Food & Drink

World-class reds from Walla Walla Valley

The Walla Walla Valley has a well-earned reputation for producing world-class red wines.

That started in the late 1970s, when the region’s oldest winery — Leonetti Cellar — launched its storied career with a cabernet sauvignon that was deemed by one magazine as the best in the United States. It has continued with such producers as Woodward Canyon, L’Ecole No. 41, Seven Hills Winery, Reininger, Walla Walla Vintners and Five Star.

And while several of the 100-plus wineries in the region do make some white wines, it should come as little surprise that roughly 95 percent of the grapes grown the Walla Walla Valley are red varieties — led by cabernet sauvignon, syrah and merlot.

But not all grapes used by Walla Walla wineries come from the valley. A large percentage comes from the broader Columbia Valley, as well as other viticultural areas such as the Yakima Valley, Wahluke Slope and Horse Heaven Hills.

At the Great Northwest Invitational Wine Competition in early October, Walla Walla Valley wineries flexed their muscles with a wide range of red wines. We’ve selected 10 wines from 10 wineries that won gold medals at the competition. Ask for them at your favorite wine merchant or contact the wineries directly.

Saviah Cellars 2012 Big Sky Cuvée, Columbia Valley, $35: This merlot-leading blend from winemaker Richard Funk opens with aromas of chocolate and sweet blackberry, followed by flavors of spicy oak, dark cherry and cocoa powder. (14.7% alc.)

Dunham Cellars 2012 Cabernet Sauvignon XVIII, Columbia Valley, $45: Winemaker Daniel Wampfler has crafted a gorgeous red from a classic vintage. Aromas of black cherry and huckleberry lead to flawless flavors of ripe dark fruit backed by rich tannins. (14% alc.)

Reininger Winery 2012 Seven Hills Vineyard Cabernet Sauvignon, Walla Walla Valley, $45: Owner/winemaker Chuck Reininger has been crafting Walla Walla wines for nearly two decades. This stylish cab exudes aromas and flavors of dark cherry, blackberry and a dash of mint. (14.5% alc.)

Kerloo Cellars 2012 StoneTree Malbec, Wahluke Slope, $40: Kerloo travels to one of the top vineyards in Washington for its malbec grapes. Brambly blackberry and vanilla aromas lead to flavors of blueberry, spicy oak. Firm tannins provide all the structure needed. (13.9% alc.)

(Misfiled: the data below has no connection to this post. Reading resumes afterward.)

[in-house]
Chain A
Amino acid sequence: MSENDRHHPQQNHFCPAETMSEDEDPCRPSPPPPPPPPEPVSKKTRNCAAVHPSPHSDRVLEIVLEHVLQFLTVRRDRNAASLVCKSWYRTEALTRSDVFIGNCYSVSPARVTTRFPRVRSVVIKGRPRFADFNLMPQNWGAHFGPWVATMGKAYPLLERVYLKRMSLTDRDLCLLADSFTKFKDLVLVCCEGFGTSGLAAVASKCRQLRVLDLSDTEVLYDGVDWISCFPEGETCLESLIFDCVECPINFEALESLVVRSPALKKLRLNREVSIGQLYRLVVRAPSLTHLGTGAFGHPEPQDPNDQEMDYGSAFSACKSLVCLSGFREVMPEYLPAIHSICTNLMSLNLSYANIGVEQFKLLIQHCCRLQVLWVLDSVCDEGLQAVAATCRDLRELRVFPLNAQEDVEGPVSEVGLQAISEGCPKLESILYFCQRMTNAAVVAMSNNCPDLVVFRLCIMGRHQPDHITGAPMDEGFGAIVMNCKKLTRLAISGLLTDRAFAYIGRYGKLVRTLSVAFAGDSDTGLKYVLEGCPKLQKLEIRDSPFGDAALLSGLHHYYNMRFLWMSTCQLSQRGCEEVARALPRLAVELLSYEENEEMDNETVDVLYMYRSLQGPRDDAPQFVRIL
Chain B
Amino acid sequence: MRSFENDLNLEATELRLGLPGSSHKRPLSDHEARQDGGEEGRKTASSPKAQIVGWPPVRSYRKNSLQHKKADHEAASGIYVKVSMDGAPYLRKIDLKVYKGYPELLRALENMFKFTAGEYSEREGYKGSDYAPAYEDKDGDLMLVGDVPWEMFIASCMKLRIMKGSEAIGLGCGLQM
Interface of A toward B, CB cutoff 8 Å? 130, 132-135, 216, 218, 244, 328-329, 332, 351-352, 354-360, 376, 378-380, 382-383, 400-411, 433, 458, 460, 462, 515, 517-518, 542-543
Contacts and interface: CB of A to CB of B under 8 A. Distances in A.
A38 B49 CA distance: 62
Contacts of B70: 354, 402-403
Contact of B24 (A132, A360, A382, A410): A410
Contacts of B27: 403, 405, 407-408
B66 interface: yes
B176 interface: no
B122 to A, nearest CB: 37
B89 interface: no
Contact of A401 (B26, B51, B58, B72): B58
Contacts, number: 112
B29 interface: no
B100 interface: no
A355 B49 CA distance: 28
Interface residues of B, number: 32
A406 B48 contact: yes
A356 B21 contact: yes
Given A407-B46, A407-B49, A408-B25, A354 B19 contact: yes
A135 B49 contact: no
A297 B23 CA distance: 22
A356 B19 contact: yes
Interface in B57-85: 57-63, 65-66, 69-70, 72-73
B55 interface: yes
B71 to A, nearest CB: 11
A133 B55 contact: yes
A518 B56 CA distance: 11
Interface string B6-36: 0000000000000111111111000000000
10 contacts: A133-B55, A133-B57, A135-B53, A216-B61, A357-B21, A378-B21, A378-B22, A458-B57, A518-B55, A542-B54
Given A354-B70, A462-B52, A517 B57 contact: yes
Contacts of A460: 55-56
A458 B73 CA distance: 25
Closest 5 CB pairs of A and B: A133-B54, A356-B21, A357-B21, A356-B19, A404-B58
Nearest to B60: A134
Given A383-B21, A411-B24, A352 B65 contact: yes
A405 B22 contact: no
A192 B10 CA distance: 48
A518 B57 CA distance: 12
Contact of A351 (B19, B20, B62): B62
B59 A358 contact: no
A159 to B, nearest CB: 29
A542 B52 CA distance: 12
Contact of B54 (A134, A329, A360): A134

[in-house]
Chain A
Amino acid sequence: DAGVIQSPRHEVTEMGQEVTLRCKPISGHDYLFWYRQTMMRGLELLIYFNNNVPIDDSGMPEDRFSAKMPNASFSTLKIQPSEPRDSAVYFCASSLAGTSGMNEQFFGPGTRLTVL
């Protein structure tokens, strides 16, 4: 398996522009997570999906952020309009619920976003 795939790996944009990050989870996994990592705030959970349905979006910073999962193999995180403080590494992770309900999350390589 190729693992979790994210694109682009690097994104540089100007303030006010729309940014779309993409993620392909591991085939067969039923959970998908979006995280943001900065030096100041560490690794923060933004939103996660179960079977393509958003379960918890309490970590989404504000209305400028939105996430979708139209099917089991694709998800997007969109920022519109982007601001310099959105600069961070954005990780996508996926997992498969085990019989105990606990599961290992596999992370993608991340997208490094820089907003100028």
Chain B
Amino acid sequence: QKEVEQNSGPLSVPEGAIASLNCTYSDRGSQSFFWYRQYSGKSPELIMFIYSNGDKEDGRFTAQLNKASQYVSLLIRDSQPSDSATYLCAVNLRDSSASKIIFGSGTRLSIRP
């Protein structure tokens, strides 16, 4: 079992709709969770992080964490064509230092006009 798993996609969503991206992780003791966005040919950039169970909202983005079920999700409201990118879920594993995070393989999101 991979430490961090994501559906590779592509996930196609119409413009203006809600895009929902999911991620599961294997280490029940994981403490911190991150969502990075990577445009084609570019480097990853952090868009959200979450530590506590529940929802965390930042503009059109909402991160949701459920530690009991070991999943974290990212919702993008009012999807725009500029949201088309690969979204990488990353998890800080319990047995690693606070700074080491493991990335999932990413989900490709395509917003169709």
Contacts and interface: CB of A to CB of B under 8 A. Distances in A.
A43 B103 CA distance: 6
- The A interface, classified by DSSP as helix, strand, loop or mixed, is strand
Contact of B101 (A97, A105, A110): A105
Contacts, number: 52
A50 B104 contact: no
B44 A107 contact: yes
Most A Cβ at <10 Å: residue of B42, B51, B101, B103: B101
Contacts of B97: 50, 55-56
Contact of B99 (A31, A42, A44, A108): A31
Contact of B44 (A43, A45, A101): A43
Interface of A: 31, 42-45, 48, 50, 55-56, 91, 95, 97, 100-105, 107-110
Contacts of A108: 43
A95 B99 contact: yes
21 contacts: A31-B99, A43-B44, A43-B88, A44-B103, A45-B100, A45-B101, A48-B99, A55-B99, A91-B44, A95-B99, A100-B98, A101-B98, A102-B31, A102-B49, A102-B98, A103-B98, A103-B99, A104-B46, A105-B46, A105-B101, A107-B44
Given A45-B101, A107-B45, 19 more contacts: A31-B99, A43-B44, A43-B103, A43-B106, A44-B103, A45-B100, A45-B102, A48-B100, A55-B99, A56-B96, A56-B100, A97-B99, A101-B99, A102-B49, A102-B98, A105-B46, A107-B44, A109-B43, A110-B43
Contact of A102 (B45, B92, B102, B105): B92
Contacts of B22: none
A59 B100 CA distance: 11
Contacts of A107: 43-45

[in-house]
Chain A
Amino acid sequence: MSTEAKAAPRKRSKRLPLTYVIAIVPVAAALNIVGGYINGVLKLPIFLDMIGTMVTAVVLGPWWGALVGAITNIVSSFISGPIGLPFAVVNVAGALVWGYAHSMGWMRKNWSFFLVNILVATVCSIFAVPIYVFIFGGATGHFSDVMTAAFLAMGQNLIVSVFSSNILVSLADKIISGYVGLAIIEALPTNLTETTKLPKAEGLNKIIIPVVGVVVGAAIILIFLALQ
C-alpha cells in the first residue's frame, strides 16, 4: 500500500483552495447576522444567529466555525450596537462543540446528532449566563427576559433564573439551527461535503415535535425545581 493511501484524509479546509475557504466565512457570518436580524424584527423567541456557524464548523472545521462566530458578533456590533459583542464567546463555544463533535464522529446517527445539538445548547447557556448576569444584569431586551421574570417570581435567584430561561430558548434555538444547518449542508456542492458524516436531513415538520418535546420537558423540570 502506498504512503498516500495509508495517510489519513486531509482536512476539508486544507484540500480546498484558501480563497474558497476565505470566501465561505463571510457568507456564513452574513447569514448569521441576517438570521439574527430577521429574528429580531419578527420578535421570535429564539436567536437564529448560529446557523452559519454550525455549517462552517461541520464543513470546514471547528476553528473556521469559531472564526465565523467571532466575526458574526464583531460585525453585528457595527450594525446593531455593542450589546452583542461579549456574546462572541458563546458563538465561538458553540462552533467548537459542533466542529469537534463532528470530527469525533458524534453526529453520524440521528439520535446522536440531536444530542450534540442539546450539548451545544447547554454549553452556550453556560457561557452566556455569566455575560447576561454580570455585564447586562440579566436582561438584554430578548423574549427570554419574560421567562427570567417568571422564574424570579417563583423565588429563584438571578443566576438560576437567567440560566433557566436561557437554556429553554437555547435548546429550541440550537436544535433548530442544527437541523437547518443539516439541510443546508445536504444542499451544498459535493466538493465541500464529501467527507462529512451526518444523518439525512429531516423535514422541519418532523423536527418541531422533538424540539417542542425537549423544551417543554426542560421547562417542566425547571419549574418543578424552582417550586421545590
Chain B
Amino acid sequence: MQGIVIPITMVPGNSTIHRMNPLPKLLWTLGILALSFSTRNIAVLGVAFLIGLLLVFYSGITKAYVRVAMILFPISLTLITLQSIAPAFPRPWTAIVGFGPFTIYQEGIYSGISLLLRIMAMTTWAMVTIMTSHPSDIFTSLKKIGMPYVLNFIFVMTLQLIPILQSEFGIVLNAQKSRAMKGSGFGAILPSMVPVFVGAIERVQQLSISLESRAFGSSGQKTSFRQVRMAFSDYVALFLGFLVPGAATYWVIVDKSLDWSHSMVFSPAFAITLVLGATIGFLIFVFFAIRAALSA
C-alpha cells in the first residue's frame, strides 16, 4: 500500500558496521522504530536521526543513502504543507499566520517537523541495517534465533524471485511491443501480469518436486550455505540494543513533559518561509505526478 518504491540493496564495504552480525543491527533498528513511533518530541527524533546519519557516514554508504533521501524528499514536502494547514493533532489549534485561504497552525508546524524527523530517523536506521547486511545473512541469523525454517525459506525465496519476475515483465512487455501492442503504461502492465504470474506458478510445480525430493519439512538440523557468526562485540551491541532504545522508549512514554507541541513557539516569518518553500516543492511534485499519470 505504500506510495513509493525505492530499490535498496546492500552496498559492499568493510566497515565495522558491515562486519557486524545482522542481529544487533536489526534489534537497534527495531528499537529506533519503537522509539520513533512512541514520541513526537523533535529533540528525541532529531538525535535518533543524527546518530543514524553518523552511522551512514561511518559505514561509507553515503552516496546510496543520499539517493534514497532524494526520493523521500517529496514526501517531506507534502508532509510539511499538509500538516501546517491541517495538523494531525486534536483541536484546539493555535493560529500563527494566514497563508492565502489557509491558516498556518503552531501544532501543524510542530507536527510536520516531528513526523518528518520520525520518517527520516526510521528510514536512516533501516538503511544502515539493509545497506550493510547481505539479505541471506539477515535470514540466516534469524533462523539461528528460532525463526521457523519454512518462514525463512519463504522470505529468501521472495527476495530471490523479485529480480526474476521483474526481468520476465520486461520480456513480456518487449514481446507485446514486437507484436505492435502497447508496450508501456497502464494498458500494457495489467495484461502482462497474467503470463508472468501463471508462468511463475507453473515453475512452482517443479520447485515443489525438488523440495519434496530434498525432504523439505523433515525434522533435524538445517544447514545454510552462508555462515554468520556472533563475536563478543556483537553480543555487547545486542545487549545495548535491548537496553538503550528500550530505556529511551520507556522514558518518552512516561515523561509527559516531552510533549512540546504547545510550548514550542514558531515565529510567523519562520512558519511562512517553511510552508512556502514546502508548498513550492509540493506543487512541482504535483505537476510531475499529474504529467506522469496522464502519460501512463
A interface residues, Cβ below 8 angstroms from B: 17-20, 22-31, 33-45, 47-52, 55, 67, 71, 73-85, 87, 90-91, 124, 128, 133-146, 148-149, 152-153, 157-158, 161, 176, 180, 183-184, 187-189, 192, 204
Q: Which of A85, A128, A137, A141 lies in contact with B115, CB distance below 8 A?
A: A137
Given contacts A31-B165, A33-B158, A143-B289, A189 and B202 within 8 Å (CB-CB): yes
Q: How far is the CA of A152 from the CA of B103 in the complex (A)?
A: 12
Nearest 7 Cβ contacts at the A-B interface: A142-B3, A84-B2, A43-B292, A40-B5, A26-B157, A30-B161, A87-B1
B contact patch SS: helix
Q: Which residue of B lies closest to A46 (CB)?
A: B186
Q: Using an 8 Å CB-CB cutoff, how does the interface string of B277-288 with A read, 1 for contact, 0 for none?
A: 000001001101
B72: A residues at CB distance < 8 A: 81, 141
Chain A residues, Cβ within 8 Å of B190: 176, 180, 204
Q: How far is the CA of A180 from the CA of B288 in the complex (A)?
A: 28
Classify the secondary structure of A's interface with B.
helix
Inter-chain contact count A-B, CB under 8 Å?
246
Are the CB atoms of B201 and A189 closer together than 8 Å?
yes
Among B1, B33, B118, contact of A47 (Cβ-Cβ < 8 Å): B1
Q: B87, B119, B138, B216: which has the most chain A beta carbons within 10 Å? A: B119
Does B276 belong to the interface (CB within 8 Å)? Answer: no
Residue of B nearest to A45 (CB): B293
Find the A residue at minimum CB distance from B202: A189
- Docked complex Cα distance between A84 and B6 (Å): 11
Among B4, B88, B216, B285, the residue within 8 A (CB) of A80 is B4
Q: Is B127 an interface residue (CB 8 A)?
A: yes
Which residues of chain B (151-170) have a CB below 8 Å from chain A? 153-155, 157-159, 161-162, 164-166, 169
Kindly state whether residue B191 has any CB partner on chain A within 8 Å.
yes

Amavi Cellars 2013 Syrah, Walla Walla Valley, $33: This delicious, fruit-driven red is loaded with aromas and flavors of blackberry, plum and blueberry. Notes of cured meat give this Old World complexity. It’s all backed by round, approachable tannins. (14.5% alc.)

Nelms Road 2014 Cabernet Sauvignon, Washington, $25: The second label for Woodward Canyon Winery produces great wines at fair prices. This delicious cab lifts off with aromas of dark cherry and blackberry, followed by flavors of Van cherry and dark chocolate. (14.2% alc.)

Palencia Winery 2010 Cabernet Sauvignon, Red Mountain, $30: Winemaker Victor Palencia has been on a huge roll this year, and this cab is another example of his talent. Aromas of dark fruit and moist earthiness lead to flavors of black cherry and blackberry, all backed by well-managed tannins. (14.1% alc.)

Seven Hills Winery 2013 Cabernet Sauvignon, Columbia Valley, $30: Casey McClellan has led this longtime winery for nearly three decades. This cab displays showy aromas and flavors of black cherry, blackberry and mint, all backed by savory tannins. (13.9% alc.)

Dusted Valley Vintners 2012 StoneTree Vineyard Petite Sirah, Wahluke Slope, $42: Dusted Valley has proven it has mastered the bold petite sirah grape. Spicy aromas of dark plum and peppercorn give way to flavors of plush dark fruit, all backed by bold tannins. (15.2%)

Sinclair Estate Vineyards 2012 Merlot, Columbia Valley, $35: Amy Alvarez-Wampfler is lead winemaker for this dynamic Walla Walla winery. This delicious Merlot is loaded with aromas and flavors of blackberry, blueberry and spicy cocoa powder. (14.8% alc.)

Eric Degerman and Andy Perdue run Great Northwest Wine, a news and information company. Learn more about wine at